Dismal statistics provided by police forces across the UK reveal that dog thefts across the UK are rising. Here’s what you need to know, and what you can do to help prevent your dog being included in next year’s statistics.
What are the facts?
- More than 1,500 dogs are stolen in the UK each year
- In 2013 that figure was 1,490 and it’s steadily risen to 1,776 in 2015
- Sentencing laws for theft of a dog are the same as any other type of domestic theft (shocking, we know!)
- The UK government made it mandatory for all dogs to be microchipped as of April 2016, which can help bring dogs back to their owners, but more needs to be done to ensure dogs are kept safe
Why is dog theft on the rise?
The main reason for theft here in the UK seems to be financial – thieves can make a lot of money from selling puppies. While horrible to contemplate, it’s somewhat unsurprising. Prospective dog owners part with significant sums for their dream puppy. For example, British Bulldog puppies can sell for up to £1,800, and so it seems that thieves are targeting bitches whose puppies will fetch a high price.
Thieves seem to target popular or ‘designer’ breeds, like Staffordshire Bull Terriers, Miniature French Bulldogs, and Pugs. However, today’s report from the BBC shows that any dog, regardless of breed, could become a target.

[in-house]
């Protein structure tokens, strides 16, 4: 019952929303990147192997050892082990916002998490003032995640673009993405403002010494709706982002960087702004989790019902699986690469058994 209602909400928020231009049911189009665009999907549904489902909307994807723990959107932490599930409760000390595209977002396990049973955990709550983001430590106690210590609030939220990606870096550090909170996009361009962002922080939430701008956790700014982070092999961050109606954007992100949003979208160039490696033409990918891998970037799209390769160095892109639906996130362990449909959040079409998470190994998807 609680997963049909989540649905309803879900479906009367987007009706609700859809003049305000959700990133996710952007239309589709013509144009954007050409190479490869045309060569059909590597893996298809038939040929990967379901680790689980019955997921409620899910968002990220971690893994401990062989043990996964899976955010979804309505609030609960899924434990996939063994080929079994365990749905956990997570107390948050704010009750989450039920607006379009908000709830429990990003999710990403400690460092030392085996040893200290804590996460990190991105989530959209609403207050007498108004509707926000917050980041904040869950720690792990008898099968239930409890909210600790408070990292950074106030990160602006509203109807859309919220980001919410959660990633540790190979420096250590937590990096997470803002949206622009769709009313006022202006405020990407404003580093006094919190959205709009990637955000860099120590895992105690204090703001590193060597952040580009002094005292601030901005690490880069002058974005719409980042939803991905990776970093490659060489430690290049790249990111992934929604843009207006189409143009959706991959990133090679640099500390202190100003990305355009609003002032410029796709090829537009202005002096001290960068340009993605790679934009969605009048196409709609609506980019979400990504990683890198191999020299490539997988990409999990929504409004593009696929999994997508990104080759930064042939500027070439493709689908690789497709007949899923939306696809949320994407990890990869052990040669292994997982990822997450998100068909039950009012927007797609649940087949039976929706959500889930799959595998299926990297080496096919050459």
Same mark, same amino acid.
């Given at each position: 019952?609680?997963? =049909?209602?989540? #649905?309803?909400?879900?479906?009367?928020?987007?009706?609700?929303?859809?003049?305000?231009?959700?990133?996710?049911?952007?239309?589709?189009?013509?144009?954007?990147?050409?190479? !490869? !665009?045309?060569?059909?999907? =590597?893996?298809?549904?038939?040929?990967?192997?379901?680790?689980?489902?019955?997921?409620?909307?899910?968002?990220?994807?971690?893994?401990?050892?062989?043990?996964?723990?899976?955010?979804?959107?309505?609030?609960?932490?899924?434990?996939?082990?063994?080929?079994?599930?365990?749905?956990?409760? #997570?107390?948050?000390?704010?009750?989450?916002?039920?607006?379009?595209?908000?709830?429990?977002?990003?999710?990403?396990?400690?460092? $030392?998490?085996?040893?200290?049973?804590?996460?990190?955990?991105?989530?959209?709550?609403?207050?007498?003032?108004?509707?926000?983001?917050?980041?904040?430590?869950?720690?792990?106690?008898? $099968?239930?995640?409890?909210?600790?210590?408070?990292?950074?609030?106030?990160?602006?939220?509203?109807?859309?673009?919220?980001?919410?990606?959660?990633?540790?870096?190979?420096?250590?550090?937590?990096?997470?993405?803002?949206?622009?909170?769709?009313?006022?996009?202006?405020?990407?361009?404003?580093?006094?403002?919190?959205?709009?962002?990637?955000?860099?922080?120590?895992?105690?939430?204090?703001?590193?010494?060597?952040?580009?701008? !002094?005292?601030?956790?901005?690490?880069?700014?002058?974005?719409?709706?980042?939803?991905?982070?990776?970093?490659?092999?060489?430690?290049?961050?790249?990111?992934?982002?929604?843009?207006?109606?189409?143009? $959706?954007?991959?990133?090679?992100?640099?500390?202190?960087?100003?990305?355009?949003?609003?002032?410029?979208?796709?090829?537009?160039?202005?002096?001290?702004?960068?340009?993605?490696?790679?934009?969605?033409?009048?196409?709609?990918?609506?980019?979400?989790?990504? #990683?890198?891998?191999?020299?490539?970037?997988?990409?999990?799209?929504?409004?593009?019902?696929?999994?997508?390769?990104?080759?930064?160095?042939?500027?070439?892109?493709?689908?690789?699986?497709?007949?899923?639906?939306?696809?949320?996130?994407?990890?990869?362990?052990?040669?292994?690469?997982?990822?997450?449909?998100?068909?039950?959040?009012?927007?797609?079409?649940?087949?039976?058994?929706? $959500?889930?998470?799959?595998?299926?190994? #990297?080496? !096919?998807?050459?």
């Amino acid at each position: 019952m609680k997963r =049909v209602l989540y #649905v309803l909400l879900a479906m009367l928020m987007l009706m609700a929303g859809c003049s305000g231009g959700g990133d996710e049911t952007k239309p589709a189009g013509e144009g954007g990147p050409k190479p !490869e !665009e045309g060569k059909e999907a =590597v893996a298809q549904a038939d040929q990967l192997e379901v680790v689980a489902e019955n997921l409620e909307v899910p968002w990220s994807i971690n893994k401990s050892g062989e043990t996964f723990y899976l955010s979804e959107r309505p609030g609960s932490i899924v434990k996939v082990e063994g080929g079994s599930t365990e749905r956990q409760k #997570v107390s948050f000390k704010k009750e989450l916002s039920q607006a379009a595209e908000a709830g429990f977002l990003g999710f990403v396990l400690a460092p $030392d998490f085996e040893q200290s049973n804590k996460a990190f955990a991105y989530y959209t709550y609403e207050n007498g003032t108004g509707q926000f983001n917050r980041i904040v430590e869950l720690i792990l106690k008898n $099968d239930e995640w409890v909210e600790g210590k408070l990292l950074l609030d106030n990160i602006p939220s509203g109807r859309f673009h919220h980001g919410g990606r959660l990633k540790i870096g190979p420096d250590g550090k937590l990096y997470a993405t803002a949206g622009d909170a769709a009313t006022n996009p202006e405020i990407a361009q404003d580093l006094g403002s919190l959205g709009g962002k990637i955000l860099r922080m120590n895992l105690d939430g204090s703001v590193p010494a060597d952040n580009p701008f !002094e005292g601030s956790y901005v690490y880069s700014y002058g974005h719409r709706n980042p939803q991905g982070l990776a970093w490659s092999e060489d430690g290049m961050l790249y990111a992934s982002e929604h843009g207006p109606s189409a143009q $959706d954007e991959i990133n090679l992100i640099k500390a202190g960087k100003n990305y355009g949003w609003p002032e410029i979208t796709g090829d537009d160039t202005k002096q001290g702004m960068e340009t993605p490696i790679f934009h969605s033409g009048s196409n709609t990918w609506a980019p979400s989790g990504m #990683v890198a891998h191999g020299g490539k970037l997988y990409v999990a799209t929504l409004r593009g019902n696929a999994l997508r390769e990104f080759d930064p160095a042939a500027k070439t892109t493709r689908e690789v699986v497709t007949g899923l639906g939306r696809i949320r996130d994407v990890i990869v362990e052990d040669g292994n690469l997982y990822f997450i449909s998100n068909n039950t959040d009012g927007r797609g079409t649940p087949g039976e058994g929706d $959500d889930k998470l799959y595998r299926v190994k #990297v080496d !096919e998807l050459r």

So, what can we do about it?
- Vary the routes when taking your dog out for walks, and be sure to not let your dog out of your sight
- You could consider neutering your pup so that they don’t become a target of theft for breederS
- Consider the security of your home; fences, garden, doors – thefts don’t just happen in parks!
- Don’t leave your dog unattended outside a shop – perhaps find a dog sitter during the day if you’ve got a busy day out and about
- Consider writing to your MP to urge them to support harsher laws, and more stringent microchip checks to be made by vets when brought new dogs
And of course, if your dog has been stolen report the theft to the police before you do anything else.
Check charity and local police force websites for more information on what services are available to you if your dog is stolen, or you suspect that there has been a theft in your area: